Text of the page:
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I'd like to do an XSL transform on a DocBook document using lxml.etree.XSLT.

Although the documentation mentions that etree.XSLT() takes a first parameter of xslt_input, I can't seem to find any docs on what this parameter is meant to be. Passing it a file that is open for reading seems to work; passing it a filename in a string does not.

edit After a sanity check, I realized that etree.XSLT takes an parsed etree._ElementTree. So . . . maybe there's a way to parse an element tree in a way that gives it a path to use for mapping relative paths? . . . investigating.

If the XML file that it is passed includes others, relative paths in those include statements are taken from the current working directory.

I'd like to use this class to transform a DocBook document, and would prefer to be able to access the DocBook XSL remotely. The Docbook XSL is pretty complex, and includes numerous other files. Is there a way that I can cause etree.XSLT to pull these files from a remote location?

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2 Answers

The xslt_input argument requires an XSL document.

Here's a snippet of usage from http://snipplr.com/view/19433/lxml-xslt/:

from lxml.etree import XSLT,fromstring

xml = fromstring("<a key='value'>ez</a>")
xsl= fromstring("""<?xml version="1.0" encoding="UTF-8"?>

<xsl:stylesheet version="1.0" xmlns:xsl="http://www.w3.org/1999/XSL/Transform">
    <xsl:output method = "html"  version="1.0" encoding="UTF-8" omit-xml-declaration="yes" standalone="yes" indent="no"  />

    <xsl:template match="a">
        <xsl:value-of select="@key"/>


style = XSLT(xsl)
result = style.apply( xml)
print style.tostring(result)
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I don't think you understood the question. I need to tell the XSLT object how to expand the relative paths used by include/import statements in the top-level XSL file. –  intuited Jul 29 '10 at 0:54
You're possibly right there. I thought the question was mainly about what needed to be passed to the __init__ method. –  Tim McNamara Jul 29 '10 at 2:16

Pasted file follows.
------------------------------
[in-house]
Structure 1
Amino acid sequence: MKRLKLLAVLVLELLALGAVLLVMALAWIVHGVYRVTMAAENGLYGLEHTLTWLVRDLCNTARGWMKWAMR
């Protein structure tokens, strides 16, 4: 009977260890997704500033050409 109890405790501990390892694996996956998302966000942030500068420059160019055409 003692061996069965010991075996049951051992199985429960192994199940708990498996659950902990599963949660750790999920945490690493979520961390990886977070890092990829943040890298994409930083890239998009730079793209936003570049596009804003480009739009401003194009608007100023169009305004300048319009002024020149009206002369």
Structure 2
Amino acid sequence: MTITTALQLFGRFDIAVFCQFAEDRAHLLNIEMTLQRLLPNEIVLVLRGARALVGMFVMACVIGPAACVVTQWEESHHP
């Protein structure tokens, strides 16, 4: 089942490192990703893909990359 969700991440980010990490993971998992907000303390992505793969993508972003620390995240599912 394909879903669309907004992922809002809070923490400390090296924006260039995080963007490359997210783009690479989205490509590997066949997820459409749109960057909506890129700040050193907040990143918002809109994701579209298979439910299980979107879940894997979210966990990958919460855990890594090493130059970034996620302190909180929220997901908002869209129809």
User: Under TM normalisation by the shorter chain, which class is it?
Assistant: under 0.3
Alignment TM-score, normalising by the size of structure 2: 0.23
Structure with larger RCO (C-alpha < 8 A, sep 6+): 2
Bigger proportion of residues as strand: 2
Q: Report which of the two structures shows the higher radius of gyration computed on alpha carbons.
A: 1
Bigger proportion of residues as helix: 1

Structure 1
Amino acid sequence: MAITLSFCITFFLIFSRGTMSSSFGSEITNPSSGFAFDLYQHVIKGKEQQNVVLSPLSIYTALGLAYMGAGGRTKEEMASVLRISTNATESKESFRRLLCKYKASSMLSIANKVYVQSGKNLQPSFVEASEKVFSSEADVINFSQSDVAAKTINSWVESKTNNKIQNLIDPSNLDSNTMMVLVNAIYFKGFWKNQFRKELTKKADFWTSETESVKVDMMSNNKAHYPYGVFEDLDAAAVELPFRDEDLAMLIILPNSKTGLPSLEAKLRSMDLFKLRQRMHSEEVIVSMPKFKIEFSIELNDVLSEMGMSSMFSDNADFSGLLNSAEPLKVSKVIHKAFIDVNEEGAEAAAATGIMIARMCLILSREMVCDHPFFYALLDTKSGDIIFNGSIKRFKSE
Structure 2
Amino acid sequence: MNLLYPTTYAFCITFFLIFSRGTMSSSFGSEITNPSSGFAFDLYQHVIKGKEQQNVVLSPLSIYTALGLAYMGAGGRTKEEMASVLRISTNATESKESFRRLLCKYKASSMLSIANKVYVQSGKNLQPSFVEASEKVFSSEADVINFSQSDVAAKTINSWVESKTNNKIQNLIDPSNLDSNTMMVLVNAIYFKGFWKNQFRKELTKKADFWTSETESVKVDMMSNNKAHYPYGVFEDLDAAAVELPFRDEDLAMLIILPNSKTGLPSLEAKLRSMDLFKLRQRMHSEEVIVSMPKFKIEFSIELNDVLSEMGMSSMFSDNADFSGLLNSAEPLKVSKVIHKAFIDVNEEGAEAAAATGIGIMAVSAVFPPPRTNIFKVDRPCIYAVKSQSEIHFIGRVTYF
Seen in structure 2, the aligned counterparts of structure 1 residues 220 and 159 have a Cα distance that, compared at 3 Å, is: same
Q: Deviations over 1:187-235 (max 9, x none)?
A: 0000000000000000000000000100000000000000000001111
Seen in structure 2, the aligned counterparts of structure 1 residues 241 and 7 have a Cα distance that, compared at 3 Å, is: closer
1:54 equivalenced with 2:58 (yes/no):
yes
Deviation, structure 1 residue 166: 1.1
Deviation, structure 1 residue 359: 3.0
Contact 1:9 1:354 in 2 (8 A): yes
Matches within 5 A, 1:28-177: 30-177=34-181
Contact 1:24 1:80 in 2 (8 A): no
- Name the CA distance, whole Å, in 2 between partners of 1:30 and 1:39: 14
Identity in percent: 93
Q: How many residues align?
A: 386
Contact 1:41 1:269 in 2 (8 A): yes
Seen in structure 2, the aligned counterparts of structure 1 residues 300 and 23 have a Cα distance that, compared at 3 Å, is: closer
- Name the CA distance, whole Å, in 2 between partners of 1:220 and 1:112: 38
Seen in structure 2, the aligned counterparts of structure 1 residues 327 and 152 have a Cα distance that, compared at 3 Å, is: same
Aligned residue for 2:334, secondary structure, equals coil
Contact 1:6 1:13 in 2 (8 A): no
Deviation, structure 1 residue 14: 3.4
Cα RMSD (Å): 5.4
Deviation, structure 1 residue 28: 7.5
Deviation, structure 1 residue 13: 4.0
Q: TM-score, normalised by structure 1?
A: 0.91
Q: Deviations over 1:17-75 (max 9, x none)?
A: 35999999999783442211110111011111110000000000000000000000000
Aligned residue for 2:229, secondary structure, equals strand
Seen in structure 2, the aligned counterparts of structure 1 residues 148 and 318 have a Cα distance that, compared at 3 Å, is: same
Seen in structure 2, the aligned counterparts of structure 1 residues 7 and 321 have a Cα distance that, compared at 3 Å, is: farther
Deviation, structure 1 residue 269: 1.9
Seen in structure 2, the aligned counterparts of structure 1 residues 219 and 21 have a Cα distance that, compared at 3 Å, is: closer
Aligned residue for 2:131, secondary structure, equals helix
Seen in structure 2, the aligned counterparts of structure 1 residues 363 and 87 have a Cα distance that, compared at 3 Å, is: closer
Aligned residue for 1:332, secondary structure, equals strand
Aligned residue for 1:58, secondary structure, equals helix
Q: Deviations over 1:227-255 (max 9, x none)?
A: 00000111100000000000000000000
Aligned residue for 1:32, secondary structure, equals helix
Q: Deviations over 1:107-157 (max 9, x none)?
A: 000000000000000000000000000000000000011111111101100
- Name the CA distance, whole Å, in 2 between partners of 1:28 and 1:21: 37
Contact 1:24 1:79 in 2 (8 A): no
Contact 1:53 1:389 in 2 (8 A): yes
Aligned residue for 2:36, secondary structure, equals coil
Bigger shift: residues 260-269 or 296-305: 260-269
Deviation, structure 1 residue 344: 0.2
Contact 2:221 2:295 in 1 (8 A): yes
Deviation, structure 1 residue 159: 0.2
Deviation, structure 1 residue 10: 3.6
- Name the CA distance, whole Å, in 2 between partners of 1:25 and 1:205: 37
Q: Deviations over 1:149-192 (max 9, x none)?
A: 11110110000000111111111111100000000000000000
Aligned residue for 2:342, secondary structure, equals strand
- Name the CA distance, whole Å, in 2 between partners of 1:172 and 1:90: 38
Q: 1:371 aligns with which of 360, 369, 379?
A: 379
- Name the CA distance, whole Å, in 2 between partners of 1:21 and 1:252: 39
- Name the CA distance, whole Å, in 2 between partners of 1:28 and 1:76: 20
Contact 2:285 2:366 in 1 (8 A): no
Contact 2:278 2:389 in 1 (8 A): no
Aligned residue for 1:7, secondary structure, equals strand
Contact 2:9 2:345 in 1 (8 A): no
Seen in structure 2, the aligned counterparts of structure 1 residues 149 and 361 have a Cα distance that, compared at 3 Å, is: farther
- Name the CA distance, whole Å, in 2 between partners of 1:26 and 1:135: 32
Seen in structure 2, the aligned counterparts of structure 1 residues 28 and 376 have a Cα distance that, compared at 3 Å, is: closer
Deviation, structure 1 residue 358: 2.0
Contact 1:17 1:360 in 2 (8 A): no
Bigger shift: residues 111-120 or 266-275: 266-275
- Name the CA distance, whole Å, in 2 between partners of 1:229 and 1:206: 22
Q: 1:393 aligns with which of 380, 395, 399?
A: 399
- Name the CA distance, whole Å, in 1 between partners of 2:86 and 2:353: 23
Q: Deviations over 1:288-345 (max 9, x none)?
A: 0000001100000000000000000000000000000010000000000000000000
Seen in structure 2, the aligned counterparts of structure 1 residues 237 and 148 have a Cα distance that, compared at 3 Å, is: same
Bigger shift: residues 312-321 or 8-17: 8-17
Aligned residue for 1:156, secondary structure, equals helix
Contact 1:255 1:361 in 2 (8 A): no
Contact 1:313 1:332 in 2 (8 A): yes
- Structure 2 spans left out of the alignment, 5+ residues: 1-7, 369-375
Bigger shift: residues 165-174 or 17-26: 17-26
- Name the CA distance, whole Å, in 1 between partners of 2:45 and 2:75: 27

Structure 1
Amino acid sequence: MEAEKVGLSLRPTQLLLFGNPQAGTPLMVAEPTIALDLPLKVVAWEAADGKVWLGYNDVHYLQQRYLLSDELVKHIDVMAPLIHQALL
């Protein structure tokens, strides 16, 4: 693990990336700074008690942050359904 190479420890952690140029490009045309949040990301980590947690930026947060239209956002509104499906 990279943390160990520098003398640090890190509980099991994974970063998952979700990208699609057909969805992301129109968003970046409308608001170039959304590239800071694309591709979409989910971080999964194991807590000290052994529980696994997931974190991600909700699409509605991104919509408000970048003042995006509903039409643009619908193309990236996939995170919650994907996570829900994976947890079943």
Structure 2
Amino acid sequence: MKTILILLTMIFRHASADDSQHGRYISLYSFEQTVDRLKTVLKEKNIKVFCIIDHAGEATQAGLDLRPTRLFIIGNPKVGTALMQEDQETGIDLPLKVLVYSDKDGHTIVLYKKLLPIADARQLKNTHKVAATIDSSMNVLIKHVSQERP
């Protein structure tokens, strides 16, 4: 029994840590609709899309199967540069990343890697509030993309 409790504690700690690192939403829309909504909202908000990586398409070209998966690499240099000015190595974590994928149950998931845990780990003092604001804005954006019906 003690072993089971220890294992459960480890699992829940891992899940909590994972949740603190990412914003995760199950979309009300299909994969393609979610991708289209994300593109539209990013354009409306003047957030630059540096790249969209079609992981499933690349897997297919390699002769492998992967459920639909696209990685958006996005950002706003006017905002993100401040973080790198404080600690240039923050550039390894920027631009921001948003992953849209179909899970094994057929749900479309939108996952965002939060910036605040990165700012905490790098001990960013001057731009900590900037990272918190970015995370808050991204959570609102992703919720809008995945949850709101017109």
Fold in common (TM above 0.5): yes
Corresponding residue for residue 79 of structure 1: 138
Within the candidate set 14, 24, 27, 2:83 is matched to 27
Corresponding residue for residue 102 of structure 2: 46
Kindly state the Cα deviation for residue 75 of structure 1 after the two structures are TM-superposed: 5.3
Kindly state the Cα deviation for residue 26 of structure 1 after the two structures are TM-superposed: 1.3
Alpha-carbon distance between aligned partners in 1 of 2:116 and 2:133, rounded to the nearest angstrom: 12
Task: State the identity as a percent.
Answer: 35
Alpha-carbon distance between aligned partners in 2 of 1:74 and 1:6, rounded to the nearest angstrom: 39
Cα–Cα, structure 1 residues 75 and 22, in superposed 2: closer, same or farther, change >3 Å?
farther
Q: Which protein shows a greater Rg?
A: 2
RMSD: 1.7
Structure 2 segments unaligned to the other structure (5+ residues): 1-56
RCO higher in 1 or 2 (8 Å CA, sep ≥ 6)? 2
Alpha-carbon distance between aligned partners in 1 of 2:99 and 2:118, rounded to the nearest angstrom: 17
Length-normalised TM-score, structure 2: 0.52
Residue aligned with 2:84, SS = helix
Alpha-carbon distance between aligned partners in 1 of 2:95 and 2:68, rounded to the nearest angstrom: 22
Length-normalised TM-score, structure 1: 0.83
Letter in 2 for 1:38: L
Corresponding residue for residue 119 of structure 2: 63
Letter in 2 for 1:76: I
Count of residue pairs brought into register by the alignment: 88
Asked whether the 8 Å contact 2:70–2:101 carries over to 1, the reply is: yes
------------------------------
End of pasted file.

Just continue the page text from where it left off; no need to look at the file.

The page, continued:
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This is actually dead easy, I just had mental indigestion, and forgot that there was that all-important intermediate step of parsing the XSL stylesheet. It's at that point that you let it know the base URL for the stylesheet.

If you grab the stylesheet from an URL, it just deducts it from the URL. I didn't realize this was an option at first, which may have been the start of my confusion.

Otherwise you can pass the location in via the base_url parameter.

In three easy steps:

>>> xsl_url = 'http://docbook.sourceforge.net/release/xsl/current/xhtml/docbook.xsl'
>>> document = 'path/to/document.xml'
>>> output_filename = 'path/to/transformed-document.xhtml'
>>> from lxml import etree
>>> transform = etree.XSLT(etree.parse(xsl_url))
>>> with open(document) as f:
>>>     transformed_document = transform(etree.parse(f))
>>> transformed_document.write(output_filename)


What I had been doing was initializing the stylesheet etree from a local file, mostly because I didn't realize that I could just pass in a URL.

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Full documentation for etree.parse seems to be here. –  intuited Jul 29 '10 at 2:27
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